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Handwashing and Germs

Why is cleaning your hands between patients important?
Many studies have shown that the bacteria that cause nosocomial (hospital-acquired) infections are most frequently spread from one patient to another on the hands of healthcare workers.

What is a nosocomial infection?
It’s an infection that a patient acquires while in the hospital. An average of 7 percent to 10 percent of adult patients and as high as 30 percent of critically ill patients are infected. The most common infections are caused by staphylococci and multi-drug resistant pathogens such as MRSA, VRE and resistant gram-negative rods.

How do nosocomial infections impact patients?
Nearly 20,000 patients die each year as a direct result of these infections. They contribute to the deaths of another 80,000 patients. Patients can become ill with bloodstream infections, surgical site infections or urinary tract infections, and pneumonia.

How do nurses, doctors and other healthcare workers’ get exposed to bacteria?
By doing simple tasks, like pulling patients up in bed, taking a blood pressure or pulse, or touching equipment like bedside rails, over bed tables, using or handling stethoscopes and IV pumps.

Does hand washing really reduce the spread of bacteria in healthcare settings?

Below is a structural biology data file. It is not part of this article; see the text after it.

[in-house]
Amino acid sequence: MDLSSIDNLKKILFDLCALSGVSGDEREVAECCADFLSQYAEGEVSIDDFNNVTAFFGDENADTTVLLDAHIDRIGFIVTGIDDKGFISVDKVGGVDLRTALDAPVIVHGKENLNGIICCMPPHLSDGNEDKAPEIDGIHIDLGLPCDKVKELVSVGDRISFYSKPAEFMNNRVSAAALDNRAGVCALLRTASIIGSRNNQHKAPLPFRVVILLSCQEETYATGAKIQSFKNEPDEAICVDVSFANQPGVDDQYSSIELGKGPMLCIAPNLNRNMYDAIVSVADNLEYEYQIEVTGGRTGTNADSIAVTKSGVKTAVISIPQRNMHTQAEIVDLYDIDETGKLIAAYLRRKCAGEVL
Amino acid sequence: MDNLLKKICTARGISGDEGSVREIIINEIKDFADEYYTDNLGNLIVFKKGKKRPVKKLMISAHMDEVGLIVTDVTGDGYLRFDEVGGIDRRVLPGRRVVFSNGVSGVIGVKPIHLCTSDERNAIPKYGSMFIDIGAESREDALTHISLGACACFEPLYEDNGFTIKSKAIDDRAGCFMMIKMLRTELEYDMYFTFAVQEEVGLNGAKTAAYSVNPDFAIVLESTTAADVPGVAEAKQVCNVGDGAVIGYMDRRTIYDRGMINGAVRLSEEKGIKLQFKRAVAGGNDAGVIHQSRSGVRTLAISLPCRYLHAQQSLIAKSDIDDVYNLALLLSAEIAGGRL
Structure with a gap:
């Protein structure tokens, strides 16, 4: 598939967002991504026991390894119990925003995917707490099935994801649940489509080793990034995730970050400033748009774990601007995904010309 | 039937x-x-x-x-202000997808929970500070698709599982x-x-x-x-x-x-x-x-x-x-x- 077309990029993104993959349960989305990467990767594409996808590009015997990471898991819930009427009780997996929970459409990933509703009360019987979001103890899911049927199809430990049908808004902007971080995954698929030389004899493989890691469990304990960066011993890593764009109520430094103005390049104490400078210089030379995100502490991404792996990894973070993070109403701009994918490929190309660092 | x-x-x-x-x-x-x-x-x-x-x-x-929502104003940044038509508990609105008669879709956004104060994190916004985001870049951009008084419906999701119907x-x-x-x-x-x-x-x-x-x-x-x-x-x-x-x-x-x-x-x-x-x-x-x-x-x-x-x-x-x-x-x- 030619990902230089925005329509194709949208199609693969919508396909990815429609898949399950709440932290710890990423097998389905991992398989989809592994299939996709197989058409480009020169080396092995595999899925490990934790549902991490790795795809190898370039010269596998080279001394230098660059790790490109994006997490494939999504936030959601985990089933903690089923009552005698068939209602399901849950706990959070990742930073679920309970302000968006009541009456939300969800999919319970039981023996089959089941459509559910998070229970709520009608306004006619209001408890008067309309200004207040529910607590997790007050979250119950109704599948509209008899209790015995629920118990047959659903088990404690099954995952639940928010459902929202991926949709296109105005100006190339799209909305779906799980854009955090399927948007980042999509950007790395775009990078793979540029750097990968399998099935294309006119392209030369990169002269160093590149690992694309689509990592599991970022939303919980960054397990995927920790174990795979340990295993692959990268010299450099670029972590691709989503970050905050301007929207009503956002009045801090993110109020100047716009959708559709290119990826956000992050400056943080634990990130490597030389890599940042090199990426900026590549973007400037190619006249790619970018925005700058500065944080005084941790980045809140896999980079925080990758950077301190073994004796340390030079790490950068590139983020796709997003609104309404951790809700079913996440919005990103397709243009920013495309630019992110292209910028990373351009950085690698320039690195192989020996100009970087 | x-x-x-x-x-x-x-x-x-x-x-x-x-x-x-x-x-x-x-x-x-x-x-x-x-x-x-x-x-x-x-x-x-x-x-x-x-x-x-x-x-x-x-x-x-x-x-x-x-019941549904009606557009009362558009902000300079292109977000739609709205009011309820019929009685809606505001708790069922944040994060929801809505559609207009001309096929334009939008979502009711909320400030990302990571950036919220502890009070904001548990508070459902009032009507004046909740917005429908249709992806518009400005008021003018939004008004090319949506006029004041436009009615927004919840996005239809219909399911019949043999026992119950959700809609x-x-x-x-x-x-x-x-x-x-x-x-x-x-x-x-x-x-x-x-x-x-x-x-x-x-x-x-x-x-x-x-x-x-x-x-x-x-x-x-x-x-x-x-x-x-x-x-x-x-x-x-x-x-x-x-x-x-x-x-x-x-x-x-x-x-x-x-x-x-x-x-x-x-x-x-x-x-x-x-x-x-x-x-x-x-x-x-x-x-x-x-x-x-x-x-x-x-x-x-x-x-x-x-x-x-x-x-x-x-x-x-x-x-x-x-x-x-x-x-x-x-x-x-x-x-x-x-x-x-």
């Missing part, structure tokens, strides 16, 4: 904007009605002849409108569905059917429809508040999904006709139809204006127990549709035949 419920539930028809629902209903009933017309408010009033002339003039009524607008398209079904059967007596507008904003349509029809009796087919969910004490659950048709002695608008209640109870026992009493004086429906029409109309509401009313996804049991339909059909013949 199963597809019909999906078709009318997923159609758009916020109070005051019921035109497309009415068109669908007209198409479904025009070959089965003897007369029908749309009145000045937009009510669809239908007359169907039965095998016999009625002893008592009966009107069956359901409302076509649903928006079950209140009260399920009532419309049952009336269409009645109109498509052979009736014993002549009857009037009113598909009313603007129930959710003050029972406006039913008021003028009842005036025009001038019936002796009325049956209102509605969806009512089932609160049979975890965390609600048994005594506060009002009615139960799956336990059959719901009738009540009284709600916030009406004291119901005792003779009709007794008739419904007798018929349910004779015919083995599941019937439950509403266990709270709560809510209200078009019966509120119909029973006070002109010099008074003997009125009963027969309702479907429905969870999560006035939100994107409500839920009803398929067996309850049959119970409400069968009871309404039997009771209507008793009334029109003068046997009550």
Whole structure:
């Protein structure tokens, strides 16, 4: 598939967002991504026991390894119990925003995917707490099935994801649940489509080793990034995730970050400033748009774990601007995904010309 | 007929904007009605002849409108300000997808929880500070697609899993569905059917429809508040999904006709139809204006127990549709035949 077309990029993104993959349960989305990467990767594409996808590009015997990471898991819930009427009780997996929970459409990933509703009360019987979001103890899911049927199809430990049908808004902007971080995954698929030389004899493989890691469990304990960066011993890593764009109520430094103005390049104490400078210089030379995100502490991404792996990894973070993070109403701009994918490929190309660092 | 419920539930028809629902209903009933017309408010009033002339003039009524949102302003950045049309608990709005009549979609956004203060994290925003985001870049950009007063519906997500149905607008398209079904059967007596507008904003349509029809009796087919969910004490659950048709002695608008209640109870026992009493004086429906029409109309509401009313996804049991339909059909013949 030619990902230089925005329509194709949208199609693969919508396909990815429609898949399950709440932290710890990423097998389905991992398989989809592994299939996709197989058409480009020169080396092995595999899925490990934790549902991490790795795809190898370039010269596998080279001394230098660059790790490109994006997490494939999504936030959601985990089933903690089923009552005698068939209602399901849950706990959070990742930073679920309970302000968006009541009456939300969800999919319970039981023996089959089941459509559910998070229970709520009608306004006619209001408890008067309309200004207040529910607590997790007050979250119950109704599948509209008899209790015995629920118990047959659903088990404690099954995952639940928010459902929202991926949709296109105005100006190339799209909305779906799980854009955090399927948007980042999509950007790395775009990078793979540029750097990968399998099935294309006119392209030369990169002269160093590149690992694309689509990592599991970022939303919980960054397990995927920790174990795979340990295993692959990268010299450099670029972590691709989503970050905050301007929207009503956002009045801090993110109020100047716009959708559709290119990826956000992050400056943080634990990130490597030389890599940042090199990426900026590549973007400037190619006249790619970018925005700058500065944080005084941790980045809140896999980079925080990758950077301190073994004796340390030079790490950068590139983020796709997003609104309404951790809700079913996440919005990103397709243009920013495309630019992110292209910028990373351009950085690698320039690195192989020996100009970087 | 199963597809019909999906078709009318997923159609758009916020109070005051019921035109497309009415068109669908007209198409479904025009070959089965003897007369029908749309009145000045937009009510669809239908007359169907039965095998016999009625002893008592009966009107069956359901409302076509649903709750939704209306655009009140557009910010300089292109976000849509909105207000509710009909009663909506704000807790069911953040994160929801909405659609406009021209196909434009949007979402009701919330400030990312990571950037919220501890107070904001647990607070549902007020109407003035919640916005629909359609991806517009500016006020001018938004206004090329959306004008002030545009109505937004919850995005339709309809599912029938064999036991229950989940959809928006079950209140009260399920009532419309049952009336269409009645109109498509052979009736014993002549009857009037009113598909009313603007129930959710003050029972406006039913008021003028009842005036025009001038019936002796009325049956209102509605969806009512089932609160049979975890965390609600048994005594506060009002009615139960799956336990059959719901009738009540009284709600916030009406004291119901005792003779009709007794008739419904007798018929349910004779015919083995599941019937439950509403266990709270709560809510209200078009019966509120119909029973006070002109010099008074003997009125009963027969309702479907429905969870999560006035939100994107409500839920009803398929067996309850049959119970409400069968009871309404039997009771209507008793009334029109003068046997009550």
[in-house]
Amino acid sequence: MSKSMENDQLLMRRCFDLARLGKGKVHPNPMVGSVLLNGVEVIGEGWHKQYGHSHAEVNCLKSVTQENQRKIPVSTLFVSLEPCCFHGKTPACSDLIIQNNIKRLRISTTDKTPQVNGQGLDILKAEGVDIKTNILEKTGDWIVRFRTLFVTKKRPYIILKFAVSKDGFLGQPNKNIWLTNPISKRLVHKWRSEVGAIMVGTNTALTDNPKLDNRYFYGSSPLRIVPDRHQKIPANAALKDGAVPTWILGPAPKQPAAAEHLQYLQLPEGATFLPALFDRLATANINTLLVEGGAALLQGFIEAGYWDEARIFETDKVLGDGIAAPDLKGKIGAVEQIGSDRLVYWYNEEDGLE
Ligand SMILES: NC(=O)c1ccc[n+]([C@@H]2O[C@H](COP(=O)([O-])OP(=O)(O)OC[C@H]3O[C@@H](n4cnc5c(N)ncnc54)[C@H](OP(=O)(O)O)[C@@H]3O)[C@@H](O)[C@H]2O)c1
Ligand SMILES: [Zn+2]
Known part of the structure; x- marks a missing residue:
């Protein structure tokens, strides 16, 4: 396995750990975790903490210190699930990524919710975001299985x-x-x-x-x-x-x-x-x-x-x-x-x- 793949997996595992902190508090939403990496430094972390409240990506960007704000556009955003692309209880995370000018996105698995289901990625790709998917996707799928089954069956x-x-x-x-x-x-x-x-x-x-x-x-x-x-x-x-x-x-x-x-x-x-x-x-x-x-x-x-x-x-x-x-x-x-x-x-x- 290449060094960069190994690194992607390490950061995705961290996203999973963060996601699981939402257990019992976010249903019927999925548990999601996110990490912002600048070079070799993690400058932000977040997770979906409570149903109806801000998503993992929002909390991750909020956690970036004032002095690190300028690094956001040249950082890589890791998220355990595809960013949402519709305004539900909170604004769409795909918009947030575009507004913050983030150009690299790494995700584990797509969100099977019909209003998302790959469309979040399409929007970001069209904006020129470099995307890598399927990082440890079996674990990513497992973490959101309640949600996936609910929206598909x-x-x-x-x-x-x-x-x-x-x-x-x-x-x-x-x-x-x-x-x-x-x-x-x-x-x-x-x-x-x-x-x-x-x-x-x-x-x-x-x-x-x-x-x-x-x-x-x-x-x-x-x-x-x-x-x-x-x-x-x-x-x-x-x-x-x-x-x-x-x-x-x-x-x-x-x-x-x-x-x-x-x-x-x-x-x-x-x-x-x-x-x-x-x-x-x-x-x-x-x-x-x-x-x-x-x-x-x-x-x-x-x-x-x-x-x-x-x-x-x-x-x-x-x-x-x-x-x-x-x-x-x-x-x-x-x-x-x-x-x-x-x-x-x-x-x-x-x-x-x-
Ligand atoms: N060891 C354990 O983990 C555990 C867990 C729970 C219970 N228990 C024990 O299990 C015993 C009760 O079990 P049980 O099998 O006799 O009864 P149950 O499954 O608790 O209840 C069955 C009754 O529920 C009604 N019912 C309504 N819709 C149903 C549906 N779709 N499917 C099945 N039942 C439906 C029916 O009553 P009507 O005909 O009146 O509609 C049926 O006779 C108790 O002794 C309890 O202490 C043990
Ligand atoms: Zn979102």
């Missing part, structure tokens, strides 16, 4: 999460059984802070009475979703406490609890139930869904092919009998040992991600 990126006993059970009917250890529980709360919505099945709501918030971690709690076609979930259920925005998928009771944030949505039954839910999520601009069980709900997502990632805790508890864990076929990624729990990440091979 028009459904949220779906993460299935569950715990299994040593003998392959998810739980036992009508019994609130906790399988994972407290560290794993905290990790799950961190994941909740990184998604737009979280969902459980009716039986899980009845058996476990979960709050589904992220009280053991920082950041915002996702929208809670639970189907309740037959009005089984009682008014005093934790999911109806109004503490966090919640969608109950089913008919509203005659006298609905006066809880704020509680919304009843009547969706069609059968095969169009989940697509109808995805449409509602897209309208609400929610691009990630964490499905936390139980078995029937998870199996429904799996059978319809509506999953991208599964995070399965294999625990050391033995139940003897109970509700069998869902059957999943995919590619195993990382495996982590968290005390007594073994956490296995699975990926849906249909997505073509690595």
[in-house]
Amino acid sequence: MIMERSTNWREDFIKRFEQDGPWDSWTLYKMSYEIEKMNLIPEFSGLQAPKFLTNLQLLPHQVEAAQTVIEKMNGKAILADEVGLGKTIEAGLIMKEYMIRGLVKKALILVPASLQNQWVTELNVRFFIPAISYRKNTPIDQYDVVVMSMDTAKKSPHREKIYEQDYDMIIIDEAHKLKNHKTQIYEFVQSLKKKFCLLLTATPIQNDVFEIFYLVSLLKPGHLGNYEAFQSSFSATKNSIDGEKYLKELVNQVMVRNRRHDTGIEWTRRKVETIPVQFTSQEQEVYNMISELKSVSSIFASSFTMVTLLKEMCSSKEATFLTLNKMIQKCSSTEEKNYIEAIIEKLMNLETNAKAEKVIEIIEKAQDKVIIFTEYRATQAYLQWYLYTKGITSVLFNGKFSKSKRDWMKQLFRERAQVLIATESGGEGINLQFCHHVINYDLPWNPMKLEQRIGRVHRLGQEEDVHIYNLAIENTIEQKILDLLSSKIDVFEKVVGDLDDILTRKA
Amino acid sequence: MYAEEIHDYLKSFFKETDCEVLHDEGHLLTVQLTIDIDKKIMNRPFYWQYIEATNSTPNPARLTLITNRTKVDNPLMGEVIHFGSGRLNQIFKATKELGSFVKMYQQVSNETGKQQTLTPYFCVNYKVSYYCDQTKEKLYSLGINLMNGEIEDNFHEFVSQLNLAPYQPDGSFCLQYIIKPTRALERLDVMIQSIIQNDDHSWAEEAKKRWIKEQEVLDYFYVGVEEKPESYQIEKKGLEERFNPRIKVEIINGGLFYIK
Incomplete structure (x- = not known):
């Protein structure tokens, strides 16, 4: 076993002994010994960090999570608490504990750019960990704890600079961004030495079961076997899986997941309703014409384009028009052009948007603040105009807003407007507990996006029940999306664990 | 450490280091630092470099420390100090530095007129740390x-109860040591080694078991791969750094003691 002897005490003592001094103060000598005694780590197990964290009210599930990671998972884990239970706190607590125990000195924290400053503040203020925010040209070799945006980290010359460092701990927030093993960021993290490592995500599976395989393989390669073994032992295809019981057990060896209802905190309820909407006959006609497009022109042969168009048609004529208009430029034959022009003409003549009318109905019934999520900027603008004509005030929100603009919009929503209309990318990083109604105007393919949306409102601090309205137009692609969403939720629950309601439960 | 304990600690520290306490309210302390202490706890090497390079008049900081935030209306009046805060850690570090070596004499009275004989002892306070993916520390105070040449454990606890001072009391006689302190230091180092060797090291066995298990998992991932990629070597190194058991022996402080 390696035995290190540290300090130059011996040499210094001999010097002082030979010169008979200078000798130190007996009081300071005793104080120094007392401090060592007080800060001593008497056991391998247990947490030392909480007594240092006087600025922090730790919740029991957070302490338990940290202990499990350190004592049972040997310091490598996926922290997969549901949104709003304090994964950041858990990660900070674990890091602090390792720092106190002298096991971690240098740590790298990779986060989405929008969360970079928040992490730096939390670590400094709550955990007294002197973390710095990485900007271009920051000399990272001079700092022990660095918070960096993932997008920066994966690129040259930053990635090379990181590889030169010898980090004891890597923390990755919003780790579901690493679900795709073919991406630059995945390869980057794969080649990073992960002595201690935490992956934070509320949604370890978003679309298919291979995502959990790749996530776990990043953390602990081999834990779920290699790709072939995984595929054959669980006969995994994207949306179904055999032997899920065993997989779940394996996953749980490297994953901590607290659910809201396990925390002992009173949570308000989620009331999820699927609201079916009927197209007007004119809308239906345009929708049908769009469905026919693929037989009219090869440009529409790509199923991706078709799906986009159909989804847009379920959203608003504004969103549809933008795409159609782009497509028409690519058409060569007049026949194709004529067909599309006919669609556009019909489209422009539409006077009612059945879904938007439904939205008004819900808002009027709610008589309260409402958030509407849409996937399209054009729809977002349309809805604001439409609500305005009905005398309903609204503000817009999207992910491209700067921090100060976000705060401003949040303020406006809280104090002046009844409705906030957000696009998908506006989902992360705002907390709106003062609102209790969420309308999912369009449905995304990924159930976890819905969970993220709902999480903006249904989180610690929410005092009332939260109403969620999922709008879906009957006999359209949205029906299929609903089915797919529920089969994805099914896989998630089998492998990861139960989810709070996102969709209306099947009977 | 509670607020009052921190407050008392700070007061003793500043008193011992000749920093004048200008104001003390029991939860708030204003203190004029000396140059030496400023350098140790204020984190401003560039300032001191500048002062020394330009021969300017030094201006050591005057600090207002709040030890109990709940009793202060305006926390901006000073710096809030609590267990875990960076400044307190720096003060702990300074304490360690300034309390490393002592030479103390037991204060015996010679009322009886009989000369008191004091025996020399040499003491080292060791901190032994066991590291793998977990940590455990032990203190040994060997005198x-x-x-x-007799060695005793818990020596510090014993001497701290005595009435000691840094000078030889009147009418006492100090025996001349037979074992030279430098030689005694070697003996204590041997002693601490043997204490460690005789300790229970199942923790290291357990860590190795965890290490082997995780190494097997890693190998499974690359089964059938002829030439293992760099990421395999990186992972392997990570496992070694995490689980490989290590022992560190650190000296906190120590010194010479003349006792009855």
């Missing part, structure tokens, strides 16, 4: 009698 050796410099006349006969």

Yes! A scientific study performed in a hospital nursery found that when nurses did not wash their hands between patient contacts, babies acquired staphylococci bacteria much more frequently than babies cared for by nurses who washed their hands between patient contacts with an antimicrobial soap.
Several other studies also show that washing hands between patient contacts reduces the
spread of bacteria in healthcare settings.

How compliant are healthcare workers with hand washing recommendations?
Although hand washing has been proven to reduce the spread of microorganisms in healthcare facilities, healthcare workers often do not wash their hands when recommended. In 34 studies of hand washing, workers washed their hands only 40 percent of the time.

Why is compliance with recommended hand washing guidelines so poor?
There are a variety of reasons including heavy workloads, poor location of sinks, and skin irritation from soap.

How can we overcome problems associated with hand washing?
Since washing hands frequently with soap and water is inconvenient, time-consuming, and often causes skin irritation and dryness experts have suggested that hospitals, extended care facilities, and home health agencies develop new strategies for improving hand hygiene among healthcare workers.
We need to make it easier for you to clean your hands quickly, with a minimum of effort and skin irritation. One way to accomplish these goals is to clean your hands with an alcohol-based hand rub (a gel, rinse or foam).

Are alcohol-based hand rubs really effective?
More than 20 published studies have shown that alcohol-based hand rubs are much more effective than either plain soap or soap that kills germs in reducing the number of live bacteria on the hands of workers.

Won’t frequent use of alcohol dry out my skin?
No! In fact, studies have proven that nurses who routinely cleaned their hands between patients by using a modern alcohol-based hand rub had less skin irritation and dryness than nurses who washed their hands with soap and water. Modern alcohol-based hand rubs contain skin conditioners (emollients) that help prevent drying effects.

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